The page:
Christopher Titmuss Dharma Blog

A Buddhist Perspective

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Retreat Environments

How far do you walk each day?”

Kye, my nine-year-old grandson and I, arrived home on Monday night after the 10th annual French Dharma Yatra conducted in the foothills of the Pyrenees, not far from Limoux. We dumped our tents, backpacks and daypacks on the floor at home, cooked up a bit of food. Kye took a long soak in the bath and slept for around 12 hours. Continue reading 

Sixty reasons plus one to love India

On the long train journey from New Delhi to Gaya, late due mostly due to fog, I wrote down 60 reasons to love India  after reading an article in the Sunday Times of India  in the home of Prama and Ranji on 60 reasons for the people of India to love India. Continue reading 

Some modifications for the Sarnath Programme

We completed our 11th Dharma Gathering in Sarnath, near Varanasi, India. The Buddha gave the first turning of the Dharma wheel in Sarnath to five yogis. We are turning the wheel as well with around 70 to 80 participating. Many live a nomadic way of life through regular visits to India and the East for weeks, months and for some years. Continue reading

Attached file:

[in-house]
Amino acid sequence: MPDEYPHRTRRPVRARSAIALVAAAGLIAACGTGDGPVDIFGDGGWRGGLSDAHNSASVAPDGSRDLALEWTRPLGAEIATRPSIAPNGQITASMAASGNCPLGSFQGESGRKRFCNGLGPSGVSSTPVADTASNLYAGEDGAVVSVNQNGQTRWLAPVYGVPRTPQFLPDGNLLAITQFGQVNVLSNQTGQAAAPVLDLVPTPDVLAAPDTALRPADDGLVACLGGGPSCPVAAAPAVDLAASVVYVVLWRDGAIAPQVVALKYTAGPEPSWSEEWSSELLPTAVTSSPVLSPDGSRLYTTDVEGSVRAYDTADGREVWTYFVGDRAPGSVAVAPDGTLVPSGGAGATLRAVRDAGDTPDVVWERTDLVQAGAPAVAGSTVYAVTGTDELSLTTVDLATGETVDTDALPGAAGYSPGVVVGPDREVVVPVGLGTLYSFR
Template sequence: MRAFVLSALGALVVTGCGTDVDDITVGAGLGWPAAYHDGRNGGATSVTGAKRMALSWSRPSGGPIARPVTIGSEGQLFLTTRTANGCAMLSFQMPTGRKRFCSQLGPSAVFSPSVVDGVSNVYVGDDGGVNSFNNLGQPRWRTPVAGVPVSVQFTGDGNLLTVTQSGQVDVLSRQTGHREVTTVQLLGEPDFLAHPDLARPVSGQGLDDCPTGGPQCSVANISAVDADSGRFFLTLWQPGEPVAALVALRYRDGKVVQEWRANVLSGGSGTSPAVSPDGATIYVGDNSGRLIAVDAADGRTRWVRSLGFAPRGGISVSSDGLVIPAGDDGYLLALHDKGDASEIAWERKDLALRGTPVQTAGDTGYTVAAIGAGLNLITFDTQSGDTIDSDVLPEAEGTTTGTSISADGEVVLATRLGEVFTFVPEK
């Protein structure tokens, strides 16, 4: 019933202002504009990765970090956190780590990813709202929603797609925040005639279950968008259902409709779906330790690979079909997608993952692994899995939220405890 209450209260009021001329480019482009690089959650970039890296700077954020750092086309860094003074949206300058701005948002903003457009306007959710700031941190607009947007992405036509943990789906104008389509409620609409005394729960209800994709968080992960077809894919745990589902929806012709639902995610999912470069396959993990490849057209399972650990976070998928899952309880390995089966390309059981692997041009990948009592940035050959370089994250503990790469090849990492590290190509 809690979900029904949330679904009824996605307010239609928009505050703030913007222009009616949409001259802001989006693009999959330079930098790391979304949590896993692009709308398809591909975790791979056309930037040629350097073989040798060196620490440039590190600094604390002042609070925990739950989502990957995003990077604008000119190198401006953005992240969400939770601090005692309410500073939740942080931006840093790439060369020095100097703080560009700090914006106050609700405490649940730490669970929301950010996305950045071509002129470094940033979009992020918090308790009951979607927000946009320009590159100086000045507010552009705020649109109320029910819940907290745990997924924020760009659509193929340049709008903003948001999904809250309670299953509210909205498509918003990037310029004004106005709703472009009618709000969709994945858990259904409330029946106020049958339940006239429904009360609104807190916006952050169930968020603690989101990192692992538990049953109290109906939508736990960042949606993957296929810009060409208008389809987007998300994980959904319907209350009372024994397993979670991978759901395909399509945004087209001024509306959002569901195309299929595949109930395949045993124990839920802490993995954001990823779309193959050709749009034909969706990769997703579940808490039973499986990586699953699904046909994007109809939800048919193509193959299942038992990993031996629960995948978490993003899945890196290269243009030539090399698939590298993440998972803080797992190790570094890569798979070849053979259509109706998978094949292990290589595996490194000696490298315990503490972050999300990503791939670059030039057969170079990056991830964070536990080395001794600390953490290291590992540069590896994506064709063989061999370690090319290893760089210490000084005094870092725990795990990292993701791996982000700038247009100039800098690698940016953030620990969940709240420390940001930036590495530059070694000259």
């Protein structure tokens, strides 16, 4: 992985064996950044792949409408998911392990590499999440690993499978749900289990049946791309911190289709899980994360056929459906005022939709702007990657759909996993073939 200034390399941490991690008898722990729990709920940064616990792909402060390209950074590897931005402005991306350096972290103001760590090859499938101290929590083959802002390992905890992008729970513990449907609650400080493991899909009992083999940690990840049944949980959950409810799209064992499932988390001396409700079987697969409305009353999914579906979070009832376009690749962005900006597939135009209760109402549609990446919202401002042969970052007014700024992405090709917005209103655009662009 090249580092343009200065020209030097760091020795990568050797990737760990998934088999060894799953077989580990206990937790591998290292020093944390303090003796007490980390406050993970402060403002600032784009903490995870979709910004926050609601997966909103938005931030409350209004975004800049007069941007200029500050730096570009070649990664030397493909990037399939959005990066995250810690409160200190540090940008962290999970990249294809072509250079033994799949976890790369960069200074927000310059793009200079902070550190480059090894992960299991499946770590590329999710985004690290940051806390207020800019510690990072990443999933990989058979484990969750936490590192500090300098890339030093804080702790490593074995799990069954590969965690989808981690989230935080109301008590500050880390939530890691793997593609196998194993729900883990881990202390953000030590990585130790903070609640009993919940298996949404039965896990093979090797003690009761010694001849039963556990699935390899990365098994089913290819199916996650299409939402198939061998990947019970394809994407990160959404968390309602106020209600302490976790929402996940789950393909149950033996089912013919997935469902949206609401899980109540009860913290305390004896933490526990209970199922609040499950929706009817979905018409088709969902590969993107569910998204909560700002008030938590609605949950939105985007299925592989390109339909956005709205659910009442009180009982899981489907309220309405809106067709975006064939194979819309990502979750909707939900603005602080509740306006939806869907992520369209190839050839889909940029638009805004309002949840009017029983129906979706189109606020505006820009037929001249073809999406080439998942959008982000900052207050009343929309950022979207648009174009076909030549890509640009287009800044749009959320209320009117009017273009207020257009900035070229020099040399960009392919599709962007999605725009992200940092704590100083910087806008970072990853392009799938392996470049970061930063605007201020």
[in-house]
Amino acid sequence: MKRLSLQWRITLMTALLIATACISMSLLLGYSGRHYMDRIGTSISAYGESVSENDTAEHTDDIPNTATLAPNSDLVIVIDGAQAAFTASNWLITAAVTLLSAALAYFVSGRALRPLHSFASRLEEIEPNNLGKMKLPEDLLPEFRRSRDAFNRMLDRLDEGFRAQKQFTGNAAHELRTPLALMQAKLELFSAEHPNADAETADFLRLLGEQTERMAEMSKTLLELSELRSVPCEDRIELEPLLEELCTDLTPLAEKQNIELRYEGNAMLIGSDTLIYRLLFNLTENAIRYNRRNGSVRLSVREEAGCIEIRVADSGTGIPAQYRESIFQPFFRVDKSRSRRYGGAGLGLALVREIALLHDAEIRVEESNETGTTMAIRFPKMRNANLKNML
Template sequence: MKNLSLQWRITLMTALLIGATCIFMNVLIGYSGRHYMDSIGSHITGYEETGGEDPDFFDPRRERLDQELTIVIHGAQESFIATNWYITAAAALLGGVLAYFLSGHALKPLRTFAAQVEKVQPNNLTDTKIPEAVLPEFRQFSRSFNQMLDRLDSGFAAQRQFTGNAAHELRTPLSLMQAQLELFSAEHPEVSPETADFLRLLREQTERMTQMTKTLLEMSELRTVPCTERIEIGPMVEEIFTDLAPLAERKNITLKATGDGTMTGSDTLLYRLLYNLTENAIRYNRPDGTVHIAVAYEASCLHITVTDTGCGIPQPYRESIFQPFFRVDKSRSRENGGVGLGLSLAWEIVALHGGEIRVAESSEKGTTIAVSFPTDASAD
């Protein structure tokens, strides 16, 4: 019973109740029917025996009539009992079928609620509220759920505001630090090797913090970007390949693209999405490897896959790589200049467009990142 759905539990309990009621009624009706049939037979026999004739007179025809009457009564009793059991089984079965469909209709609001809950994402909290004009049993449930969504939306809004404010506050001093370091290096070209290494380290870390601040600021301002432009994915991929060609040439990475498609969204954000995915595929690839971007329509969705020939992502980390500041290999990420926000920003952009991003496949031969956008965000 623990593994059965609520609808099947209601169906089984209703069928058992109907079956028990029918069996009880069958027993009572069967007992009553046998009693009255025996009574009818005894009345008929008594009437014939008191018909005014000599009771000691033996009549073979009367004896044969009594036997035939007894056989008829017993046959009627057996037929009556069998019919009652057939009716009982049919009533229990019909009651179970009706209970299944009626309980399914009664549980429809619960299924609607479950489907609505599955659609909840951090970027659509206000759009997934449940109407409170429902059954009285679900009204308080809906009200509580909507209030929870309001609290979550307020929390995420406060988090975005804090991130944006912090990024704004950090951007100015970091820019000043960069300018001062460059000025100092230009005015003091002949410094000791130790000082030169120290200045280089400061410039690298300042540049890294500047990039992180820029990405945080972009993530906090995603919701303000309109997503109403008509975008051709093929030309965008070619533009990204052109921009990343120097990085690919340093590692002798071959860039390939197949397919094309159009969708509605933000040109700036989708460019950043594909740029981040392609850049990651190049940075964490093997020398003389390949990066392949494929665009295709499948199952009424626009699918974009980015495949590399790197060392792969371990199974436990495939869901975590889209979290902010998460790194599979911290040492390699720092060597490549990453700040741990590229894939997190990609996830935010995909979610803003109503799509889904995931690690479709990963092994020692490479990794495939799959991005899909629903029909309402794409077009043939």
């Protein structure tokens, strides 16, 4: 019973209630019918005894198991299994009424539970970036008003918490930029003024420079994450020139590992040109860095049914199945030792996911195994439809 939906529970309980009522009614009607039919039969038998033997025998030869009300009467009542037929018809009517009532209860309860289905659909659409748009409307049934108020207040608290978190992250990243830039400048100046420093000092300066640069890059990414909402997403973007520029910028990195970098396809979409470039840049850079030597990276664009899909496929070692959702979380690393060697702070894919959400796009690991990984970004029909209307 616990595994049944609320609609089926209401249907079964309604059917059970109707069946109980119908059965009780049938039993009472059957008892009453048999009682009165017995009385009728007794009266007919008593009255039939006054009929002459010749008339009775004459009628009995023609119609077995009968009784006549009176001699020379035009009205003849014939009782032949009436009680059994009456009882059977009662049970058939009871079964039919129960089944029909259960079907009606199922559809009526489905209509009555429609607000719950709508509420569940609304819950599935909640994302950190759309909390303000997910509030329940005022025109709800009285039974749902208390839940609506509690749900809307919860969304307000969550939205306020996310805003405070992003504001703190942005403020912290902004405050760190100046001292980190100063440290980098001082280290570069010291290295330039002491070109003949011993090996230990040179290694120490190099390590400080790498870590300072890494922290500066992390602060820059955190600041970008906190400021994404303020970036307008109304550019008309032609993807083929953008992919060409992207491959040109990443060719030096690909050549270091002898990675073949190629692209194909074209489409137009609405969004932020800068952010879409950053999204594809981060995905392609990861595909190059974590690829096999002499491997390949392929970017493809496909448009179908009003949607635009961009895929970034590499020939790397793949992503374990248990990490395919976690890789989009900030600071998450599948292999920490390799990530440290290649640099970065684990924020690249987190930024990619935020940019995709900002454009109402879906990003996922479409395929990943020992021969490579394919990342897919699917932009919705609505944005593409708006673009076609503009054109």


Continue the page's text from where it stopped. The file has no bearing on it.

35th Year of Teaching in Bodh Gaya

Extracts from a report to teachers, managers and co-ordinators.

India (spiritual, not economic India) continues to act as a major turning point in people’s lives. Travellers living out of a backpack, attending retreats, Dharma Gatherings can experience profound shifts in consciousness that have a lifelong influence. Dharma teachers, managers and co-ordinators contribute to the process of change. We have a fine network of people involved in our programmes in India quietly determined to stay true to deep values, sustainable lifestyles, love and a liberated way of life. Continue reading 

At the foot of Arunachala …

Tiruvannamalai. On the edge of this modest sized Indian town in the state of Tamil Nadu, South India, about five hours on the local bus from Chennai, stands the renowned ashram of Sri Ramana Maharshi, the much loved teacher of Liberation, who has been adopted as the patron saint by the Western Advaita (non-dual) tradition, even though the saintly Ramana never referred himself as belonging to the Advaita tradition and dismissed advaita and vaita as relative concepts. Continue reading